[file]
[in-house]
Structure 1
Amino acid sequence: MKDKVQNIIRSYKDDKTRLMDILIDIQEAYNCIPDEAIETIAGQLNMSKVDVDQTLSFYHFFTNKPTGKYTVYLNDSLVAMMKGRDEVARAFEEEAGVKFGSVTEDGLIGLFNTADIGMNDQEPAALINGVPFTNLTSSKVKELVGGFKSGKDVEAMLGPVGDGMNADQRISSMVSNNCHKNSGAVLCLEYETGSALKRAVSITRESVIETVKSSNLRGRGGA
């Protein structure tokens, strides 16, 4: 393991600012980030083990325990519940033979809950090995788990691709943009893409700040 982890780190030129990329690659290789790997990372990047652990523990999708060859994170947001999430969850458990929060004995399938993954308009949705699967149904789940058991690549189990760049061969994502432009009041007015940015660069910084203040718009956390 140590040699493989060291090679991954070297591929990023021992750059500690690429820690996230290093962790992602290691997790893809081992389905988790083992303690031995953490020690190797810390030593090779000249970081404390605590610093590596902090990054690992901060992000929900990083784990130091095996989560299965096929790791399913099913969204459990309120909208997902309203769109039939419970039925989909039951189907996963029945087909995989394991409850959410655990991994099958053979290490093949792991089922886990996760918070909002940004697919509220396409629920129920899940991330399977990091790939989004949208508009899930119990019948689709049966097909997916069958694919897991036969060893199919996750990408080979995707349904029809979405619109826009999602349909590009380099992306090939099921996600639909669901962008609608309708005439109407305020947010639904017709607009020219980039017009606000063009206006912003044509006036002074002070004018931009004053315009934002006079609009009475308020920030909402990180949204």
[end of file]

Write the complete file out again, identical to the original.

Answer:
[in-house]
Structure 1
Amino acid sequence: MKDKVQNIIRSYKDDKTRLMDILIDIQEAYNCIPDEAIETIAGQLNMSKVDVDQTLSFYHFFTNKPTGKYTVYLNDSLVAMMKGRDEVARAFEEEAGVKFGSVTEDGLIGLFNTADIGMNDQEPAALINGVPFTNLTSSKVKELVGGFKSGKDVEAMLGPVGDGMNADQRISSMVSNNCHKNSGAVLCLEYETGSALKRAVSITRESVIETVKSSNLRGRGGA
């Protein structure tokens, strides 16, 4: 393991600012980030083990325990519940033979809950090995788990691709943009893409700040 982890780190030129990329690659290789790997990372990047652990523990999708060859994170947001999430969850458990929060004995399938993954308009949705699967149904789940058991690549189990760049061969994502432009009041007015940015660069910084203040718009956390 140590040699493989060291090679991954070297591929990023021992750059500690690429820690996230290093962790992602290691997790893809081992389905988790083992303690031995953490020690190797810390030593090779000249970081404390605590610093590596902090990054690992901060992000929900990083784990130091095996989560299965096929790791399913099913969204459990309120909208997902309203769109039939419970039925989909039951189907996963029945087909995989394991409850959410655990991994099958053979290490093949792991089922886990996760918070909002940004697919509220396409629920129920899940991330399977990091790939989004949208508009899930119990019948689709049966097909997916069958694919897991036969060893199919996750990408080979995707349904029809979405619109826009999602349909590009380099992306090939099921996600639909669901962008609608309708005439109407305020947010639904017709607009020219980039017009606000063009206006912003044509006036002074002070004018931009004053315009934002006079609009009475308020920030909402990180949204």